Michael McConnell, along with the attorneys from the Christian Legal Society and the Alliance Defense Fund, filed last Thursday at the United States Supreme Court their opening brief in the case of CLS v. Martinez. This brief explains how the University of California-Hastings has violates the student’ rights to form their own private group to advocate its Christian ideas on campus, as well as set standards so that people conduct their lives in accordance with their Christian beliefs. Those interested in a deeper understanding of the legal issues in this case will find this well-written brief easy to follow and understand. Some of the phrasing in it is just downright elegant.
The last page of the brief places the case in a larger context, showing how the Supreme Court might inflame the “culture war” if it rejects the claims of freedom of speech and association made by CLS in this case:
Under a proper understanding of the First Amendment, this case is most emphatically not a clash between religious freedom and rights pertaining to sexual orientation. Religious groups and gay rights groups share common ground in the need for freedom of association. Both are vulnerable (in different parts of the country) to the hostile reactions of university administrators and fellow students. Both can pursue their objectives best if free to decide for themselves who will lead and speak for them.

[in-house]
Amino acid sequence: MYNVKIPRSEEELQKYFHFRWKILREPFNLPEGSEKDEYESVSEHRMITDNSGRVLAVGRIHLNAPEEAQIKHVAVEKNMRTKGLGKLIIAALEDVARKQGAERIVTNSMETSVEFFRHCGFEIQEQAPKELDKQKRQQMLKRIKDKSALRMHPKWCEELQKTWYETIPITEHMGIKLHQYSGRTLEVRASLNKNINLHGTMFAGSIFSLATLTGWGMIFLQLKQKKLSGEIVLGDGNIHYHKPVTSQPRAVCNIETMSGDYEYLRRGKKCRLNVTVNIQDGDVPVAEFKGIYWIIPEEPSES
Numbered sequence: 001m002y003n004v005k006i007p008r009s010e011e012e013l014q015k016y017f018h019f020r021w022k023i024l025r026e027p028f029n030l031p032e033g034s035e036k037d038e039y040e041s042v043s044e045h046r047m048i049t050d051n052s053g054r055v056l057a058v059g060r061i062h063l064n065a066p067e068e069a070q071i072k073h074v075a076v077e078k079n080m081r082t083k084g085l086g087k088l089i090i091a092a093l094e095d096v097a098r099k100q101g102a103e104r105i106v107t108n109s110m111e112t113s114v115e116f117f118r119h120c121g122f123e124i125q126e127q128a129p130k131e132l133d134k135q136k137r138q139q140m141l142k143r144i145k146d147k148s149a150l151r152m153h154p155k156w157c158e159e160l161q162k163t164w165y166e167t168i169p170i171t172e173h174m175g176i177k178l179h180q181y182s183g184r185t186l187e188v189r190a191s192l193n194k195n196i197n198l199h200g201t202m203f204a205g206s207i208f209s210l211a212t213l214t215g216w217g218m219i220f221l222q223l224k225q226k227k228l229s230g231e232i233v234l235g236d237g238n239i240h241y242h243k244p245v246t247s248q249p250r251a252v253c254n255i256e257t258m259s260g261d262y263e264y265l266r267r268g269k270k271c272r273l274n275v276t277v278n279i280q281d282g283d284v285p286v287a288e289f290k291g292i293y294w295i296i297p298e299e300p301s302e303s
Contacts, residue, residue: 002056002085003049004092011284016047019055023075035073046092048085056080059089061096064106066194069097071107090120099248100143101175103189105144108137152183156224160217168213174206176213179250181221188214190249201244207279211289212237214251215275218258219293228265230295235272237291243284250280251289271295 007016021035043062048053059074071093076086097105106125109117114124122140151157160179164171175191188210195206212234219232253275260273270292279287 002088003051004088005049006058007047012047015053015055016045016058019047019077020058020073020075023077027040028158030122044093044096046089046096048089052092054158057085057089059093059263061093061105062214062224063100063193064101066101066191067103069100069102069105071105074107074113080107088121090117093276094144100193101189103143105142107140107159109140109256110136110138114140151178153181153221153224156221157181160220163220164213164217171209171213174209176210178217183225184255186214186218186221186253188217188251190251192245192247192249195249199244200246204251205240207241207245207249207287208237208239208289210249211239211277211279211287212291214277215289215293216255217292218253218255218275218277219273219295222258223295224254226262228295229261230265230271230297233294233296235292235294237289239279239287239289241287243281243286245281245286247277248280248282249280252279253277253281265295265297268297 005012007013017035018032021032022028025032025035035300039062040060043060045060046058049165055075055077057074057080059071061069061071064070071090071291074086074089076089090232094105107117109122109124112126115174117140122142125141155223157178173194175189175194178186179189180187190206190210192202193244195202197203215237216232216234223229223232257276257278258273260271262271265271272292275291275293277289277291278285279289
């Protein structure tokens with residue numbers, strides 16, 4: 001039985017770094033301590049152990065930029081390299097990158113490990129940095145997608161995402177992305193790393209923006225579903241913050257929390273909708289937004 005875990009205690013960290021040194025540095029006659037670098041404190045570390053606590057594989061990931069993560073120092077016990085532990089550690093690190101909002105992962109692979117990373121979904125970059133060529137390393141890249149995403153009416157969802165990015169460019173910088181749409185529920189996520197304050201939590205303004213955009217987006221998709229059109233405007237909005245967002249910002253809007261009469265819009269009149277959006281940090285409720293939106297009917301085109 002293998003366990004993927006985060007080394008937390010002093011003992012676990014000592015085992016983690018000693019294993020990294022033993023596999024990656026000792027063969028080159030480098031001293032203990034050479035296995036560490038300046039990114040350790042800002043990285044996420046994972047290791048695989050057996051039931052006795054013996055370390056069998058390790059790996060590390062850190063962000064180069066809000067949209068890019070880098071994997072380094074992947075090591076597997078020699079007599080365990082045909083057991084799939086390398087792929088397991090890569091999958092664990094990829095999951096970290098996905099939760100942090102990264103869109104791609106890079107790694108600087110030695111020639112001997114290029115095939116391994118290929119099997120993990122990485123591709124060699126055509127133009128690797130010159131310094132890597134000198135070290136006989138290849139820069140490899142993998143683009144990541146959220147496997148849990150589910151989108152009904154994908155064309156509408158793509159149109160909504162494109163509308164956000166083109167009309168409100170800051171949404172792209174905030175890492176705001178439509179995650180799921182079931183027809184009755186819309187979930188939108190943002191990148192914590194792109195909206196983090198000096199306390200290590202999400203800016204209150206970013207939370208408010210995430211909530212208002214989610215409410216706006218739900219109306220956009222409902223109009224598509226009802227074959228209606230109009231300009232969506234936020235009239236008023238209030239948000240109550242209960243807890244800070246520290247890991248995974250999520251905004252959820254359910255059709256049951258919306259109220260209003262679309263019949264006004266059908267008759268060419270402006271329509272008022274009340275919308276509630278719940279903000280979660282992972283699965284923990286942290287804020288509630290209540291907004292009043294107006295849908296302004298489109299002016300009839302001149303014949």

On the other hand, if Respondents [UC-Hasings Law School] were to prevail in this case, it would provoke a collusion between religious freedom and rights of sexual orientation. That would mean, in essence, that when sexual orientation is added to the list of forbidden grounds under non-discrimination laws, religious and other groups that adhere to traditional moral views could be driven from the public square in the name of enforcing non-discrimination. Thsi would raise the stakes in the political battles over sexual orientation discrimination to a dangerous extent. It would be far better to adhere to the framers’ wisdom of “live and let live” under the First Amendment than to treat religious and sexual orientation discrimination laws as a rationale for ostracizing dissenters. (Petioners’ Brief at 58).
The friend of the court briefs in favor of CLS will be filed with the Supreme Court on Thursday, February 4. UC-Hastings will have about a month then to file its merits brief in the case. Stay tuned.